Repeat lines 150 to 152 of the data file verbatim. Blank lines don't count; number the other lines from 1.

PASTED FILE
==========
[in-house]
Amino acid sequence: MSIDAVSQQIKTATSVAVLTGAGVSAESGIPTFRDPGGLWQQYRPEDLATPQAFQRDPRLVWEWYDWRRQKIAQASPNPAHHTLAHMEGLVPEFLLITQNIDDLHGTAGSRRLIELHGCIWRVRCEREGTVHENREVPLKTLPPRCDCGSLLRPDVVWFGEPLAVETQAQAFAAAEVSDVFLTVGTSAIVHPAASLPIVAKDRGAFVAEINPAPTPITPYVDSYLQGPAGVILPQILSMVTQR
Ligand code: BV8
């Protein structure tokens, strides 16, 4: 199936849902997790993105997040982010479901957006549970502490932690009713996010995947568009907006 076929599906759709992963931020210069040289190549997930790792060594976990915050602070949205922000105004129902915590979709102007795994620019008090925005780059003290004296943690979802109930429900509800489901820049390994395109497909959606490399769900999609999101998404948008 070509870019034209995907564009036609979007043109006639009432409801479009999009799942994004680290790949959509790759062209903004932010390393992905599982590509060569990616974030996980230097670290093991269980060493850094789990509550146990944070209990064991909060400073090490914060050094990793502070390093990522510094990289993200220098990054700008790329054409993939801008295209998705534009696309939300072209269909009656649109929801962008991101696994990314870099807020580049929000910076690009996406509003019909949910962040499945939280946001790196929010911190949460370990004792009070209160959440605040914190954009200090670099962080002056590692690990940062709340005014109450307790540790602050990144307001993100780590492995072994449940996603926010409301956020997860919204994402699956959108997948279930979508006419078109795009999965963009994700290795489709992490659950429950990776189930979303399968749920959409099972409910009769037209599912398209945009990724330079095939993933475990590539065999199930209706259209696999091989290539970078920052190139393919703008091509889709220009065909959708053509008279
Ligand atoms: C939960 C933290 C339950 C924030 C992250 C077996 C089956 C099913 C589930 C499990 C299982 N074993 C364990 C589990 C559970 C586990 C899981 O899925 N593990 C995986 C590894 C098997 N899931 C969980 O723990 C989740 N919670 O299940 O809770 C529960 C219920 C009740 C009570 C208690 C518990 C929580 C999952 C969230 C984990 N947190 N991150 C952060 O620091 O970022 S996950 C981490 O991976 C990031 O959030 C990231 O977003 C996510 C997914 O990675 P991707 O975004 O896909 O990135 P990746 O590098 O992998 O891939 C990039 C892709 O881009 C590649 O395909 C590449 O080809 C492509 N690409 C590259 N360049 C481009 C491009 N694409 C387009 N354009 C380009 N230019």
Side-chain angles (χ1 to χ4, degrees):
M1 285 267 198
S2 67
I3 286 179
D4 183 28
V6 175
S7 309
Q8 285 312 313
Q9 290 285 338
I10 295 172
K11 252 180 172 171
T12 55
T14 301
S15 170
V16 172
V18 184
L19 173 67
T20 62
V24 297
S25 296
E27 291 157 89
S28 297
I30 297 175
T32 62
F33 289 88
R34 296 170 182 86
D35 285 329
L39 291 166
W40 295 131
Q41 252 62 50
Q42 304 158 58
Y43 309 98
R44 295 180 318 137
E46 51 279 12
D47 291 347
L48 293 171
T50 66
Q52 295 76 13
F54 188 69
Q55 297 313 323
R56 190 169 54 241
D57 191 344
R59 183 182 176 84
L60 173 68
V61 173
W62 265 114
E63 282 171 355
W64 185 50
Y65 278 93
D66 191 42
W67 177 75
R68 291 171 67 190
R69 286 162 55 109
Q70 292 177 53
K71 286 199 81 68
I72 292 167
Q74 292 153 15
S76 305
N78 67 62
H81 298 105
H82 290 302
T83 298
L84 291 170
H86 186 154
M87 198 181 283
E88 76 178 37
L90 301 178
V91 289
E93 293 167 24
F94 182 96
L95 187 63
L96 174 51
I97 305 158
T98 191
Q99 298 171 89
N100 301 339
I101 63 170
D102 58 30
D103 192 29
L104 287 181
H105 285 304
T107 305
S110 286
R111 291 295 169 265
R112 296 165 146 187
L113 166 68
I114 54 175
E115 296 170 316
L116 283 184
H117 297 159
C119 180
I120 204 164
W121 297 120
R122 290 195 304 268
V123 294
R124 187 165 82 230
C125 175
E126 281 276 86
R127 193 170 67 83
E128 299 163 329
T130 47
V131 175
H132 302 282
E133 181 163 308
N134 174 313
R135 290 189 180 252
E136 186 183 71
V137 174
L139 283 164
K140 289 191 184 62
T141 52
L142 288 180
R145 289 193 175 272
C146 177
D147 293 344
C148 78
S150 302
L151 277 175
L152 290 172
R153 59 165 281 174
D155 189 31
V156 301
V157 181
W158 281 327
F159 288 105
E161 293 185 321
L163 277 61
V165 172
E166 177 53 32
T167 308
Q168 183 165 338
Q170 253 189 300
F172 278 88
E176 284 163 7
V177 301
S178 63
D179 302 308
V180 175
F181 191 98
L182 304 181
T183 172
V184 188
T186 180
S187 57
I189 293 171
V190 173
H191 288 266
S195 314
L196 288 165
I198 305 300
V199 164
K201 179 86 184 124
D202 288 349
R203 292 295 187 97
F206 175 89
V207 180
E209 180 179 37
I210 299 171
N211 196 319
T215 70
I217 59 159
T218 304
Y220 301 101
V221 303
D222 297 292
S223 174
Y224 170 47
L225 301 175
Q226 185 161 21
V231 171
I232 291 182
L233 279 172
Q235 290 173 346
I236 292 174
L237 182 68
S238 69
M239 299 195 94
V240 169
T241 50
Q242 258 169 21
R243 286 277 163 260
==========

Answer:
I189 293 171
V190 173
H191 288 266